Being the only Disney feature to draw inspiration from ‘The Bard’ (William Shakespeare), it is without speculation why The Lion King‘s story is one of its greatest strengths. A provoking and cleanly developed narrative centered on family, loss, and responsibility; screenwriters Irene Mecchi, Jonathan Roberts, and Linda Woolverton pulled no punches when it came to heavily dramatic overtones. With just enough comic relief for younger viewers to maintain composure, the message and its’ presentation in The Lion King is utterly sublime. Never before has an animated film death been so devastating.
Viewing of The Lion King reminds one why the characters have lasted the test of time; over 23 years later. One of the most well-rounded and developed casts of any Disney feature, each character is attributed with a personal backstory, concrete motivations, and fully realized arcs; whether it be antagonist/major player Scar or minor character Zazu. A balanced cast of animals, without any superfluous excess and off-tone inclusions; there are just enough roles to create a properly layered storyline, but not so much as to form any convoluted side-stories.
The star-studded voice cast included Nathan Lane, Cheech Marin, Whoopi Goldberg, and Jeremy Irons; but casting directors were smart to bring in less recognizable (and less distracting) voice actors for the leads (Jonathan Taylor Thomas and Matthew Broderick as Simba and Niketa Calame and Moira Kelly as Nala). One would be remiss to not laud proper acclaim onto James Earl Jones for his performance as Mufasa; one of the most powerful and emotive displays of voice-work in Disney history.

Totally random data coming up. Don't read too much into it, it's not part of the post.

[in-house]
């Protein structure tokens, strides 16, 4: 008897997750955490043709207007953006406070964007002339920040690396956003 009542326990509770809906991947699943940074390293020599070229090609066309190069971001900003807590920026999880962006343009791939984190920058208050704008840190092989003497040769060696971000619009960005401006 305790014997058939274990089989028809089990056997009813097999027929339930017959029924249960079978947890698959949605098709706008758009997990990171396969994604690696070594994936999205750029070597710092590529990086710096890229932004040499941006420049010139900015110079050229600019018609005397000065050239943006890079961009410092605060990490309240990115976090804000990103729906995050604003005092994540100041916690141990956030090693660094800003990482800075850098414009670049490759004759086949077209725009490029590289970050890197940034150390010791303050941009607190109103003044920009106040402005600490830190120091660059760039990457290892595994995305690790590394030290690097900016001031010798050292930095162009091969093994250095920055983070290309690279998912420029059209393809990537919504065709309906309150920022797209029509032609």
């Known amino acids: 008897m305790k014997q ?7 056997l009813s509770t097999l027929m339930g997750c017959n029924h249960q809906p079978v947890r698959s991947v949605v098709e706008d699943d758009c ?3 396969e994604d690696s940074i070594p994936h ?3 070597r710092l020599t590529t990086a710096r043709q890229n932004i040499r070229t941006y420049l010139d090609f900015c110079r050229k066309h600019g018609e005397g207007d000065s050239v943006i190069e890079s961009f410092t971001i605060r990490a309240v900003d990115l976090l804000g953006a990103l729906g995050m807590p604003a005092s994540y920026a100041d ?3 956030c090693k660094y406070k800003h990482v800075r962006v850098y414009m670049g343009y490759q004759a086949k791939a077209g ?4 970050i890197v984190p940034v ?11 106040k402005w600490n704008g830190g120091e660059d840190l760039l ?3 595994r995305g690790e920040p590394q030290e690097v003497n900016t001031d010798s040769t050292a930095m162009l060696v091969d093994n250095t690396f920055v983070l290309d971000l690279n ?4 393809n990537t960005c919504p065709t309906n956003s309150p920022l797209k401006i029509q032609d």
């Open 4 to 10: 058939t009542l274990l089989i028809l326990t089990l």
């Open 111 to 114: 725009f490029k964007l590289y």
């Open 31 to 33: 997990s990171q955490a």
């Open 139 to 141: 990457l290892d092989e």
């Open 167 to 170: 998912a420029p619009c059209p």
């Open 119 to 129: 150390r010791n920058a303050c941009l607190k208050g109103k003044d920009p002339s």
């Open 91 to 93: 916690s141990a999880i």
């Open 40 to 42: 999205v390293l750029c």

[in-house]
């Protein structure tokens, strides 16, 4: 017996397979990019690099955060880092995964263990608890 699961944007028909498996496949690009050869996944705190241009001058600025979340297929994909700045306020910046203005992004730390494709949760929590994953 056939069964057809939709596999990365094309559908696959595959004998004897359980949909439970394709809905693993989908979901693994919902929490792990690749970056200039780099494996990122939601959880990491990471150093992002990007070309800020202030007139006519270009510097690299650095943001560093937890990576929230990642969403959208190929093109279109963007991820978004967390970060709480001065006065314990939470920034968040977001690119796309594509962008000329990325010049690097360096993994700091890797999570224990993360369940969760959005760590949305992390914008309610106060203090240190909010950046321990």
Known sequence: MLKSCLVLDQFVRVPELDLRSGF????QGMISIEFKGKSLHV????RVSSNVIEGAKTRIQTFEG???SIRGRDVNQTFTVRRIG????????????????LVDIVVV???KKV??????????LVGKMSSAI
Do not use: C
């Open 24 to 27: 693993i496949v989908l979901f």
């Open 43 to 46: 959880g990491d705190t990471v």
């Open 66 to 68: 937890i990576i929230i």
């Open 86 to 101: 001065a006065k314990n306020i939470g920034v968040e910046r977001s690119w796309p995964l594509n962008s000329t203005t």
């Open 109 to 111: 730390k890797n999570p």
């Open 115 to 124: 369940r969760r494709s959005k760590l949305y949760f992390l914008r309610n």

With so much of Disney’s talent working on the production of Pocahontas, many lead animators on The Lion King were doing their first major work supervising character creation; yet the finished product would not suggest such. Similar to 1942’s Bambi, real-life animals were reference for design, and trips to Africa were completed to preserve authenticity. Without the use of anthropomorphized character designs, varied focal lengths and lenses manipulations were used to mirror telephoto lenses seen in nature documentaries, and longer shots were substituted to present characters in scenes. Brightly animated, with iconic backdrops; the animators in The Lion King were able to infuse character traits and quirks through subtle design. Each role, regardless of species, feels to have been given equal attention; creating a visually compelling look top to bottom.
Lyricist Tim Rice (Aladdin) teamed up with music icon Elton John on five original songs for the film, along with John’s personal performance of ‘Can You Feel The Love Tonight’ played over the end credits. With multiple Academy Award wins on top of Grammy and Golden Globe statuettes; the soundtrack is the best selling in animated film history. A standout among the collection is hard to assess due to the strength of each entrant; but thoughts come to the iconic film opening set against the majestic ‘Circle of Life’ number creates a jaw-dropping film spectacle; foreshadowing things to come. Also, you cannot forget the song that brought the phrase ‘Hakuna Matata’ into the cultural lexicon.
Firmly on the ‘Mount Rushmore’ of modern Disney features, The Lion King boasts eye-popping animation and an equally stellar song selection against a detailed and thoughtful story. Receiving massive critical and commercial acclaim, there is no question as to why The Lion King is often listed as one of the best, if not the best, film that Disney has ever created.